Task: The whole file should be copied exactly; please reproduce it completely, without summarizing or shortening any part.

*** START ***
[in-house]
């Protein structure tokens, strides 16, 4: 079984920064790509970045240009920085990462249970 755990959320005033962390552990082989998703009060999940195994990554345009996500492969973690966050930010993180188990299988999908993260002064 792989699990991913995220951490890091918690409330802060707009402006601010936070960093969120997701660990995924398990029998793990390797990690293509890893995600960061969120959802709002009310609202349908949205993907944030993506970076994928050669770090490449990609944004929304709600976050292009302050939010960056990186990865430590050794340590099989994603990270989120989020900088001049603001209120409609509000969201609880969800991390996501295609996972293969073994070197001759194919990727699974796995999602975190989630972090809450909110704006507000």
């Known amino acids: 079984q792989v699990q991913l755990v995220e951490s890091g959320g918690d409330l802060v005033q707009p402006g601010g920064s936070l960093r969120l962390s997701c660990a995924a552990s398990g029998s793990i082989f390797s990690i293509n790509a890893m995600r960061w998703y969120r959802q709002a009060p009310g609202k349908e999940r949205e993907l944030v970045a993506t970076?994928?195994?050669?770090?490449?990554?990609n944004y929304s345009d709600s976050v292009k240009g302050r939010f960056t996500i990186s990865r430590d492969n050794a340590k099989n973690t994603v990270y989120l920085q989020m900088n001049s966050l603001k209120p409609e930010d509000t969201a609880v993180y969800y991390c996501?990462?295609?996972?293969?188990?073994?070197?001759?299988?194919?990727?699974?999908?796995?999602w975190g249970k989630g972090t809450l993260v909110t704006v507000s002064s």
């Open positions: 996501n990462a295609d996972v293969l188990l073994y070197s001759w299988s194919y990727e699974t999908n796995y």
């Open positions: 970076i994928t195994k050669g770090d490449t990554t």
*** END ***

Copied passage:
[in-house]
């Protein structure tokens, strides 16, 4: 079984920064790509970045240009920085990462249970 755990959320005033962390552990082989998703009060999940195994990554345009996500492969973690966050930010993180188990299988999908993260002064 792989699990991913995220951490890091918690409330802060707009402006601010936070960093969120997701660990995924398990029998793990390797990690293509890893995600960061969120959802709002009310609202349908949205993907944030993506970076994928050669770090490449990609944004929304709600976050292009302050939010960056990186990865430590050794340590099989994603990270989120989020900088001049603001209120409609509000969201609880969800991390996501295609996972293969073994070197001759194919990727699974796995999602975190989630972090809450909110704006507000």
């Known amino acids: 079984q792989v699990q991913l755990v995220e951490s890091g959320g918690d409330l802060v005033q707009p402006g601010g920064s936070l960093r969120l962390s997701c660990a995924a552990s398990g029998s793990i082989f390797s990690i293509n790509a890893m995600r960061w998703y969120r959802q709002a009060p009310g609202k349908e999940r949205e993907l944030v970045a993506t970076?994928?195994?050669?770090?490449?990554?990609n944004y929304s345009d709600s976050v292009k240009g302050r939010f960056t996500i990186s990865r430590d492969n050794a340590k099989n973690t994603v990270y989120l920085q989020m900088n001049s966050l603001k209120p409609e930010d509000t969201a609880v993180y969800y991390c996501?990462?295609?996972?293969?188990?073994?070197?001759?299988?194919?990727?699974?999908?796995?999602w975190g249970k989630g972090t809450l993260v909110t704006v507000s002064s």
């Open positions: 996501n990462a295609d996972v293969l188990l073994y070197s001759w299988s194919y990727e699974t999908n796995y």
């Open positions: 970076i994928t195994k050669g770090d490449t990554t």